Jazz, Politics, Edward Kennedy and the Ghosts of Richard Nixon: Our American Dialogue and the Hatfields and McCoys

Jazz, Politics, Edward Kennedy and the Ghosts of Richard Nixon: Our American Dialogue and the Hatfields and McCoys
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To get into heaven, don't snap for a seven
Live clean, don't have no fault
Oh, I take the gospel, whenever it's possible
But with a grain of salt


—"It Ain't Necessarily So," from Porgy & Bess
by George and Ira Gershwin

Edward Kennedy Ellington celebrated his 70th birthday at the White House, where he received the first Presidential Medal of Freedom awarded by the newly inaugurated chief resident. Although Duke Ellington was a widely celebrated bandleader, and already recognized as among the greatest composers in American history, when the original Medal of Freedom was conceived by Harry Truman in 1945, the intention had been that certain U.S. cabinet secretaries could use it for recognizing outstanding civilian contribution to the war effort. It wouldn't be until 1963 that the scope of the award expanded.

But Harry S. Truman was indeed a big music fan, and later invited Ellington to the White House. During his visit on September 29th, 1950, Duke gave the president a manuscript copy of the score to his first major extended composition, Harlem, which had recently been commissioned by Arturo Toscanini and the NBC Symphony Orchestra. Per the syllabus for the New York Philharmonic's Take Note educational program, on that occasion Ellington "wrote to the President that the proceeds of Harlem would be used 'to help fight for your civil rights program—to stamp out segregation, discrimination, bigotry, and a variety of other intolerances in our own American society.'" A year and a half after becoming president when Franklin Roosevelt died in office, Truman, a Missouri-born member of the Sons of Confederate Veterans, had formed the President's Committee on Civil Rights, the most pro-active civil rights step yet taken by a modern president. Later, on July 26, 1948, further risking his already unlikely chance of being re-elected in the upcoming presidential election, he had signed Executive Orders 9980 and 9981, abolishing racial discrimination in the federal work force and in the armed forces, thus initiating the beginning of desegregation. Edward Kennedy Ellington and Harry Truman were mutual fans.

To the amazement of many, so were he and Richard M. Nixon. On April 29th, 1969, the 100th day of Nixon's first term in office, Ellington received acknowledgement at last for his unparalleled activities as a worldwide musical ambassador. Similar in some ways to Bing Crosby's movie musicals that contributed so greatly to helping reinvigorate a postwar nation, his performances around the globe with the Duke Ellington Orchestra had helped re-establish America as the leading exporter of the music this world can never get enough of. His sophisticated jazz, swinging sense of style, and profound humanity got people from Fargo to Moscow up on their feet and dancing.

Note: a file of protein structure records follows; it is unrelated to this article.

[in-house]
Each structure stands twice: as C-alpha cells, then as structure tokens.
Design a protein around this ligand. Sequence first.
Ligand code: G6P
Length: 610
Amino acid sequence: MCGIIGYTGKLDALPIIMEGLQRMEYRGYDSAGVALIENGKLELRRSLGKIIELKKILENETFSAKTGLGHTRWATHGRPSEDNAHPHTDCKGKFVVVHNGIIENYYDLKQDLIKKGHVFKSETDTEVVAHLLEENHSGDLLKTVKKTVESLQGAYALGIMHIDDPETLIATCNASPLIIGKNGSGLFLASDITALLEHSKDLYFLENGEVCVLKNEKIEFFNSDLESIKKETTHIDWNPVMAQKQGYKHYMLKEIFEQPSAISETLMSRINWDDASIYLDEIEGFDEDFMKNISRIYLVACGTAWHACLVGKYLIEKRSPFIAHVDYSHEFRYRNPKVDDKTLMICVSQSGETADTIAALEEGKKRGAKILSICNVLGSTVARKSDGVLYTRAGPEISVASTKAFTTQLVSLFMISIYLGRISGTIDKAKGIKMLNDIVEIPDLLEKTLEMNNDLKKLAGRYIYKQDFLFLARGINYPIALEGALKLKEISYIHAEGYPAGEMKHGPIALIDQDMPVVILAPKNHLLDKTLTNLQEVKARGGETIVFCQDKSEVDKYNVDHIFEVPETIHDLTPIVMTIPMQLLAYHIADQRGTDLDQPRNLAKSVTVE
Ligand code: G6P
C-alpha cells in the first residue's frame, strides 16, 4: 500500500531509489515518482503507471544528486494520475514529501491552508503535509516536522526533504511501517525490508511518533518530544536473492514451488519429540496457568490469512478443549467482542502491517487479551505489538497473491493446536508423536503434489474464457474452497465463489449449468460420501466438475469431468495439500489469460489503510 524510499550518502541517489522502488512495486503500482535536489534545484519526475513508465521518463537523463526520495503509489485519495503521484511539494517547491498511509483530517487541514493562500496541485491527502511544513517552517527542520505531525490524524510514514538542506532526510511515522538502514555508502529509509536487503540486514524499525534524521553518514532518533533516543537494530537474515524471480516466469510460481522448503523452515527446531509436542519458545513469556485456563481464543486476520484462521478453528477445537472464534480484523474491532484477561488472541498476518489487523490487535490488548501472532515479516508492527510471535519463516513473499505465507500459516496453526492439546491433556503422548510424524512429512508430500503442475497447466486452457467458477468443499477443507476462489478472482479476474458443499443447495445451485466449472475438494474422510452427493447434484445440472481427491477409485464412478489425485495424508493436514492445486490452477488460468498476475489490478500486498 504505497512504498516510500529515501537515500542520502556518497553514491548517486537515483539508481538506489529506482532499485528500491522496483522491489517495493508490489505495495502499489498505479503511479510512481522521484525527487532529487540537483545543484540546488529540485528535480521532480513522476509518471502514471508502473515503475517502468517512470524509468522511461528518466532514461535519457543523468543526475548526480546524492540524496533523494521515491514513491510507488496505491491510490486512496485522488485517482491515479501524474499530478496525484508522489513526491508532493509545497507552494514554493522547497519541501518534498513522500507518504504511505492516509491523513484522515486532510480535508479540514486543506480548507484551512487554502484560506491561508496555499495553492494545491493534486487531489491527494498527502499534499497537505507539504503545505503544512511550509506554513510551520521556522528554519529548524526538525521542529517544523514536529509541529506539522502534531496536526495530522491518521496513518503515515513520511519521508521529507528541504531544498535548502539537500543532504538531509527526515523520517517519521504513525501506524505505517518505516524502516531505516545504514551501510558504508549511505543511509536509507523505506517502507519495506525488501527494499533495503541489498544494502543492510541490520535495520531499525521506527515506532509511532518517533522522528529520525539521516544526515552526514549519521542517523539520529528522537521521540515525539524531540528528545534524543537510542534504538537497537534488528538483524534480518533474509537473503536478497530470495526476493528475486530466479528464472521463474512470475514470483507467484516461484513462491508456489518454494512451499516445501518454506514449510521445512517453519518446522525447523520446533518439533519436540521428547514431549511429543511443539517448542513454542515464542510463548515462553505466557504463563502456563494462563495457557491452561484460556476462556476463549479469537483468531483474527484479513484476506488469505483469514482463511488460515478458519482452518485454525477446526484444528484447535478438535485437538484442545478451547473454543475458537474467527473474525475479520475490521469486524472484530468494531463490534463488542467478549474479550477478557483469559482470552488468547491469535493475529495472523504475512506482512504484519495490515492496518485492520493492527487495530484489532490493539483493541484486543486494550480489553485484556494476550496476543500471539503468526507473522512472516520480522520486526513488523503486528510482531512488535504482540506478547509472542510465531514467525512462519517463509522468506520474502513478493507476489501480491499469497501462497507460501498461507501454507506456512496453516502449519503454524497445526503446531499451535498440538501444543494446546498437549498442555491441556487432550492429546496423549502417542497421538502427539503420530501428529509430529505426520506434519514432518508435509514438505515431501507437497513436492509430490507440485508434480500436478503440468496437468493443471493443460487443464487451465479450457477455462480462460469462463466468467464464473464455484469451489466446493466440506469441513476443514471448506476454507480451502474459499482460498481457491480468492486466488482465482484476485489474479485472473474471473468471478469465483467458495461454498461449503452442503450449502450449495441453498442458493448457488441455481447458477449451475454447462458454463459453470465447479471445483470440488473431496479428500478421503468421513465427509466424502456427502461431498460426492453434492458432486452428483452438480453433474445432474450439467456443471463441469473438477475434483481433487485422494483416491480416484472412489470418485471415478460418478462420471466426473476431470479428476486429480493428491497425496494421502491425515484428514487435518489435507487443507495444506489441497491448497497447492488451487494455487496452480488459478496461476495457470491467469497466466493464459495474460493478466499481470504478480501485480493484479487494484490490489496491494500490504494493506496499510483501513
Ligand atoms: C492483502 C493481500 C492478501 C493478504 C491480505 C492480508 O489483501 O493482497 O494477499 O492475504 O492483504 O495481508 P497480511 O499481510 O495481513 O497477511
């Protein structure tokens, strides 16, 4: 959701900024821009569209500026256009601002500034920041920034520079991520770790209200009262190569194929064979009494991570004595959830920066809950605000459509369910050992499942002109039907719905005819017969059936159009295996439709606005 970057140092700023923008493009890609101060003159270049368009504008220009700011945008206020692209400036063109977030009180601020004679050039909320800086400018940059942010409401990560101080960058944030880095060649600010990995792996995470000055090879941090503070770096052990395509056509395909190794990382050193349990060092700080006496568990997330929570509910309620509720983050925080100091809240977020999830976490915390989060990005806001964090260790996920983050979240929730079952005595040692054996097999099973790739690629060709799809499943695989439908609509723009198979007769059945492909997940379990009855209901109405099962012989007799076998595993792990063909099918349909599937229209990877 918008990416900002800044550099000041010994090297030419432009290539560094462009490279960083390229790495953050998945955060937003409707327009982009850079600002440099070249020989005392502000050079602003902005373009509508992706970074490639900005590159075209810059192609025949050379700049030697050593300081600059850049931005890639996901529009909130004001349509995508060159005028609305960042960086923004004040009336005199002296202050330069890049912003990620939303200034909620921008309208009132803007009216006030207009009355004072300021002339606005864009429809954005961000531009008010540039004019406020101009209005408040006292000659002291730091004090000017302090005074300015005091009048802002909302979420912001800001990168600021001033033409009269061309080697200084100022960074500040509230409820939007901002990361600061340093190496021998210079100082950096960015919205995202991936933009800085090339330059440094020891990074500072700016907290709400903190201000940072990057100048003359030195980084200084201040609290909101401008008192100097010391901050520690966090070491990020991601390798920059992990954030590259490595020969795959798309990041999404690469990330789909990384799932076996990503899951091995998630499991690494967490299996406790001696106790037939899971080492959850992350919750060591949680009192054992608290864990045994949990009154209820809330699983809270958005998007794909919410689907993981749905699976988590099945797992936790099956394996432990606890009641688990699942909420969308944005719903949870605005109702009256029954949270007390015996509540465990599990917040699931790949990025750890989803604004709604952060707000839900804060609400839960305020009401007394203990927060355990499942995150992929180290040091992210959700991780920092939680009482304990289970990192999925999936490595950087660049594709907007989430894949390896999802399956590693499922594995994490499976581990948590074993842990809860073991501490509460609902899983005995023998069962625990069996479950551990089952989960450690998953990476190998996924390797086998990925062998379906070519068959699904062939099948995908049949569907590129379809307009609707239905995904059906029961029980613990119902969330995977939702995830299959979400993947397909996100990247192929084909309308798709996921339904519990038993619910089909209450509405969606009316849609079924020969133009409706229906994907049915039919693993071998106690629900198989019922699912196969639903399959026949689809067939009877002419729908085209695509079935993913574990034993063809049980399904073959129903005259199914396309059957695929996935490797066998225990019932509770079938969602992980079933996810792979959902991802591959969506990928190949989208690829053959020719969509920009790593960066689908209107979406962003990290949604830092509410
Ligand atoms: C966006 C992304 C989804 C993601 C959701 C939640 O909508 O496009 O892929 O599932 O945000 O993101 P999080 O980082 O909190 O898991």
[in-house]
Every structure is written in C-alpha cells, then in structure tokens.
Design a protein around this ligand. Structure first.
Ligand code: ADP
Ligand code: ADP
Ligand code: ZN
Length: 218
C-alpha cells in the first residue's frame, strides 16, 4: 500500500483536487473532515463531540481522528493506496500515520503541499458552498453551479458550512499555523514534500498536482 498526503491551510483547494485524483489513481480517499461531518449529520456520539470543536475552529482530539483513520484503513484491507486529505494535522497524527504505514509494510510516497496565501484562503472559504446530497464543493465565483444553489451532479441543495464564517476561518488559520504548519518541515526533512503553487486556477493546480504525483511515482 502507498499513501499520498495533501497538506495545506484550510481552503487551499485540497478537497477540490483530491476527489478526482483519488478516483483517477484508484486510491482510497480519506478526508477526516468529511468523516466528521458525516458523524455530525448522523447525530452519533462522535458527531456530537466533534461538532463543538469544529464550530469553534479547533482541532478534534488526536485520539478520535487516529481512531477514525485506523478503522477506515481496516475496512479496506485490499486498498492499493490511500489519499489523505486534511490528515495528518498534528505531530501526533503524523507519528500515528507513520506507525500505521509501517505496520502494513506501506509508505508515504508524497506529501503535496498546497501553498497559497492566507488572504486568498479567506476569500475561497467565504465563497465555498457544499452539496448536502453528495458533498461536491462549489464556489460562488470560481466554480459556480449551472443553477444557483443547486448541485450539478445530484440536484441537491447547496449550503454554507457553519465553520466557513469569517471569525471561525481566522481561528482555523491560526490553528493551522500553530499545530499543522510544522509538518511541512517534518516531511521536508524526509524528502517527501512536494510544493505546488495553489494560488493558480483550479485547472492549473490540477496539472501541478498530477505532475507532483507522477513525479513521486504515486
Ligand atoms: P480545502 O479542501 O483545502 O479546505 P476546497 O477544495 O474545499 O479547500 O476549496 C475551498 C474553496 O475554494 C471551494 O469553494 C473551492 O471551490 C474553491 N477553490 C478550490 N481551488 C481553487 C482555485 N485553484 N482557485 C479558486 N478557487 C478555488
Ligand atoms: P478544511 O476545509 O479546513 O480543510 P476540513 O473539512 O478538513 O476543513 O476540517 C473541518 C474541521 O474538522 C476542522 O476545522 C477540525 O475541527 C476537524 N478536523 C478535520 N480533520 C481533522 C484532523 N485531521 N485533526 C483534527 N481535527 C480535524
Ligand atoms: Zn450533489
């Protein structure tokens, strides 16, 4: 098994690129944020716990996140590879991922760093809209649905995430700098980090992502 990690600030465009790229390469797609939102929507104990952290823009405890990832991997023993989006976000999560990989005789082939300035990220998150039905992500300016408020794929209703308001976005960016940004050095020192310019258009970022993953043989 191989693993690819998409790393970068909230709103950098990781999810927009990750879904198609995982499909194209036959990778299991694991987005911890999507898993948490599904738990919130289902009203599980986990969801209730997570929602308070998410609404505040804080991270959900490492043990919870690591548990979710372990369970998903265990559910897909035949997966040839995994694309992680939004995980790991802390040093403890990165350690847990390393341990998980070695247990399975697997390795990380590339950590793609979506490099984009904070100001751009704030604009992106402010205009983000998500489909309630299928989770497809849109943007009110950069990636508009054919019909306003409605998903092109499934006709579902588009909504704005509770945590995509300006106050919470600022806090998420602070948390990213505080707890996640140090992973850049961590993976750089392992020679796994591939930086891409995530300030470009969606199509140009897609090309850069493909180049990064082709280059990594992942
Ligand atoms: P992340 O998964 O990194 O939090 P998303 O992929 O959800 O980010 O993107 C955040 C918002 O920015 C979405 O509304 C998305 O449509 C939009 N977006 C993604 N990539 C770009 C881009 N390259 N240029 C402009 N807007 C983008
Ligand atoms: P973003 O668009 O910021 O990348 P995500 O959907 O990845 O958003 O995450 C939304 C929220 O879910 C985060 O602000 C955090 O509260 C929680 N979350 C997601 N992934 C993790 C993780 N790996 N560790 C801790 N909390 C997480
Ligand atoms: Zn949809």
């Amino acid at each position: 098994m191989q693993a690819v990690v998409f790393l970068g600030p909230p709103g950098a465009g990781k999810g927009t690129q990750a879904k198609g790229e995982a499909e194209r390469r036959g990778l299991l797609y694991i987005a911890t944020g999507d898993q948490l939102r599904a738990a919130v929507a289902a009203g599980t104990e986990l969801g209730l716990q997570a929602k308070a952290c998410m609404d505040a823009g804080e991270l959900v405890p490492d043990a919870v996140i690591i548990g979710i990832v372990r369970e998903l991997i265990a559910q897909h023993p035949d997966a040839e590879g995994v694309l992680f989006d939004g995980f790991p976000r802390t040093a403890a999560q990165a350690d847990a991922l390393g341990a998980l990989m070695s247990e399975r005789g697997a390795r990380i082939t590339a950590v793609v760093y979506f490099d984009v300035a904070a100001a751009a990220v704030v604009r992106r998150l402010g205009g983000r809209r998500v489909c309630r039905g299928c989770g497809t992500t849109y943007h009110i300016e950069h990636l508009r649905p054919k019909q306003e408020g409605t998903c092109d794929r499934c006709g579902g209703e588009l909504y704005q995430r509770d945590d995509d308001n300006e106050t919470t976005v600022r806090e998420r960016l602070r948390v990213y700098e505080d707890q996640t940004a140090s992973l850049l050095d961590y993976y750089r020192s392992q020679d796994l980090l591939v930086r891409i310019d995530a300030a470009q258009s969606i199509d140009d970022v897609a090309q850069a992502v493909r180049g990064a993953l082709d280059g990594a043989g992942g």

In The Arts of Democracy: Art, Public Culture, and the State (University of Pennsylvania Press, 2007) Penny M. Von Eschen reveals that two years later, Duke Ellington's 26-city tour of the USSR in Sept./Oct. 1971 was accorded legendary status at the U.S. State Department, for its significant role in helping to thaw relations between the two Cold War-embattled nations. "The political context," she writes, "was critical: Ellington's trip followed the announcement of Nixon's impending visit to the Soviet Union." The Russian jazz fans had seen visits from Benny Goodman in 1962 and Earl Hines in 1966, but no one since. Soviet leader Leonid Brezhnev's misguided economic policies had made food increasingly difficult to come by, but they were momentarily forgiven by the 126,000 ecstatic jazz fans who paid as much as $50 ($283 in today's dollars) for a scalped ticket to see the legendary jazz icon and his orchestra. "For some Soviet fans it was [as] if modernity itself had walked in the door with Ellington," writes Von Eschen, who then quotes Ellington's close friend and noted jazz critic (but no fan of Nixon's), Leonard Feather, who characterized the 1971 tour as "the greatest coup in the history of musical diplomacy."


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